The Court of Appeal has declined to hear a second appeal from a group news media companies wishing to name the New Zealand First Foundation accused before the election.
The High Court yesterday dismissed an appeal by the assortment of media firms attempting to lift a suppression order for two people charged by the Serious Fraud Office (SFO) over allegations of improper political donations.
Neither of the accused are a minister, sitting MP, candidate in the election or a member of their staff, or a current member of the New Zealand First political party.
Today, the media group’s lawyer Robert Stewart, who is representing Herald publisher NZME, Stuff, RNZ, TVNZ and MediaWorks, sought leave from the Court of Appeal for a second urgent hearing before Saturday.
Stewart yesterday argued in the High Court that constituents still to vote must be informed who the two criminally charged are before entering the ballot box.
“The public shouldn’t have to speculate or guess, they should just be told,” he said.
However, after a teleconference this afternoon with the lawyers involved in the case, Court of Appeal president Justice Stephen Kós declined the request to allocate another hearing tomorrow afternoon.
“Fiat justitia ruat caelum. Justice must take its normal course, even in abnormal times,” he said, invoking the Latin legal phrase which translated reads: “Let justice be done, though the heavens fall.”
The judge also said two contextual points should be noted.
“First, tomorrow afternoon is, of course, the eve of the date of the general election. Secondly, an unprecedented level of advance voting has occurred already in this election.
“As at the end of Tuesday, 13 October, 1,418,171 people had cast their votes. The number now is likely to exceed 1.6 million. The number of enrolled voters is 3,436,178.”
Justice Kós said he was not persuaded that additional information shared with some voters justifies a departure from due process.
“The primary interests requiring consideration here are those of the defendants in obtaining a fair trial. Any decision by this Court is likely to be a final determination,” he said.
“It should not be undertaken with an undue haste, particularly when the appeal grounds are not strong and the public interest in departure from due process is so limited.
“Attempting to shoehorn the hearing into the very limited time available over the next 24 hours will cause significant actual and potential prejudice to the defendants.”
Justice Kós had indicated in an earlier minute this morning that the media’s chances of success were slim.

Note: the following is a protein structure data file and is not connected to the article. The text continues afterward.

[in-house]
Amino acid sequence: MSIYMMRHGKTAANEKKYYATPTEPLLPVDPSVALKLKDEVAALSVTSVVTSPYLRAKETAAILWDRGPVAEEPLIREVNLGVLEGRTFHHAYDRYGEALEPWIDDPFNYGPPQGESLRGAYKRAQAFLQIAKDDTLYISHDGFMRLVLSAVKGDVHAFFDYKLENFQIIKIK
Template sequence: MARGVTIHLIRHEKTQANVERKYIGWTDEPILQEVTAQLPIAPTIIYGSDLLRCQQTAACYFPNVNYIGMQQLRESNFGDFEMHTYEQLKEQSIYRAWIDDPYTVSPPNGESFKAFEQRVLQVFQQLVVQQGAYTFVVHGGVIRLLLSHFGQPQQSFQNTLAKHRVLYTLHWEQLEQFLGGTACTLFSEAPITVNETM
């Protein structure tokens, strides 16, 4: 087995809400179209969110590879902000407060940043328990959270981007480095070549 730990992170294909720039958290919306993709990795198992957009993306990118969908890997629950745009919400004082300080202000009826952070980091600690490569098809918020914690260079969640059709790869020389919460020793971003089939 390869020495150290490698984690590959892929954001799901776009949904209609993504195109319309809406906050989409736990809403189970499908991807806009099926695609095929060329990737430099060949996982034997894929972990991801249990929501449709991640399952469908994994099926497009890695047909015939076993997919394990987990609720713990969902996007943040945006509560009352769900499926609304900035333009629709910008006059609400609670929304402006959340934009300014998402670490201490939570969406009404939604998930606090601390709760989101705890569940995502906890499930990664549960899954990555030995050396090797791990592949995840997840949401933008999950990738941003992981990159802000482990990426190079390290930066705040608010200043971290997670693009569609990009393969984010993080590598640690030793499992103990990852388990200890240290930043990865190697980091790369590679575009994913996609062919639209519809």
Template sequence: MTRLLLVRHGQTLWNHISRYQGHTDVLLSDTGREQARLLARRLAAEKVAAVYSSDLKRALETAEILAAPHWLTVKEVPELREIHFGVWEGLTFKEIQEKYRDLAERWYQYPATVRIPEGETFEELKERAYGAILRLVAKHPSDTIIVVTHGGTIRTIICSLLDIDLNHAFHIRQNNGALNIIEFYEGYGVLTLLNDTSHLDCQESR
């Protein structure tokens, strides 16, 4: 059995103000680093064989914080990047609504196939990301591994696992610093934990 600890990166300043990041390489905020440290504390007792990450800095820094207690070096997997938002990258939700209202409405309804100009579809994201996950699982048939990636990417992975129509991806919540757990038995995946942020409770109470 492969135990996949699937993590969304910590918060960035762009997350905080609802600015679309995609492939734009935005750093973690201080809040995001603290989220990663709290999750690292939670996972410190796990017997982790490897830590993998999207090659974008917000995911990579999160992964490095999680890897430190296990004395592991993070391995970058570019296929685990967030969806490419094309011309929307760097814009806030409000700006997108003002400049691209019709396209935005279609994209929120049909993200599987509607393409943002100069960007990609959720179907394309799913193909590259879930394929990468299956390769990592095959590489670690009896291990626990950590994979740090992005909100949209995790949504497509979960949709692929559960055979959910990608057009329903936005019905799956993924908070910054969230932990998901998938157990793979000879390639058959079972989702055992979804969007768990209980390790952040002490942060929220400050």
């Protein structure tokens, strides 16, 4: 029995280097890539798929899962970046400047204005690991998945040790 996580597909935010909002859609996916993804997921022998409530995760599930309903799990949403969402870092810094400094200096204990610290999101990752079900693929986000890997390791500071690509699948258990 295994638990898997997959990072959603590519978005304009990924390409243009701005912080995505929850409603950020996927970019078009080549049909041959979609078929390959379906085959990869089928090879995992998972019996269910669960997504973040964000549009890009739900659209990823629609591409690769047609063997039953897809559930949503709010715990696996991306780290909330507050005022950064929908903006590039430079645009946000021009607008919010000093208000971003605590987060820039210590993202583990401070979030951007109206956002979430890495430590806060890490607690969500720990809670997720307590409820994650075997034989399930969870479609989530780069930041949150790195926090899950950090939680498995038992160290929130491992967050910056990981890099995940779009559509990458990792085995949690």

The two accused have not been named after a series of hastily arranged court hearings and interim suppression orders were made after the SFO laid charges on September 23.
The court hearings, which were held in the absence of journalists, included NZ First’s failed attempt to stop the charges becoming public until after a government is formed.
The suppression order was first challenged by the media in the Waitakere District Court last week.
Judge Peter Winter decided to keep the order in place and said publication of the accused may “unfairly unsettle those who already cast their vote as much as it informs those who have not”.
Charging documents allege the pair deposited a total of $746,881 between September 30, 2015 and February 14 this year with “intent to deceive the donors of the monies, the party secretary of the New Zealand First Party and/or the Electoral Commission”.
“The defendants adopted a fraudulent device, trick or stratagem, whereby party donations for the party were paid into the bank accounts of [suppressed] and the New Zealand First Foundation and not notified to the party secretary, or declared by the party secretary to the Electoral Commission,” the papers read.
“Those undeclared funds thereby became available to [suppressed]/New Zealand First Foundation to use as the defendants saw fit, and were used to pay expenses of the party and to develop a fundraising database for the benefit of the party and [suppressed].”
The accused duo are due to appear in the North Shore District Court to face the charges on October 29. Their name suppression is also extended to this date.
NZ First leader and Deputy Prime Minister Winston Peters has distanced himself from the foundation – reported to have bankrolled the political party – and has denied any wrongdoing after it first came under scrutiny last November.
After charges were laid, Peters claimed he and the party were “exonerated”.
At a press conference he was also highly critical of the SFO and its decision to lay charges so close to the election.
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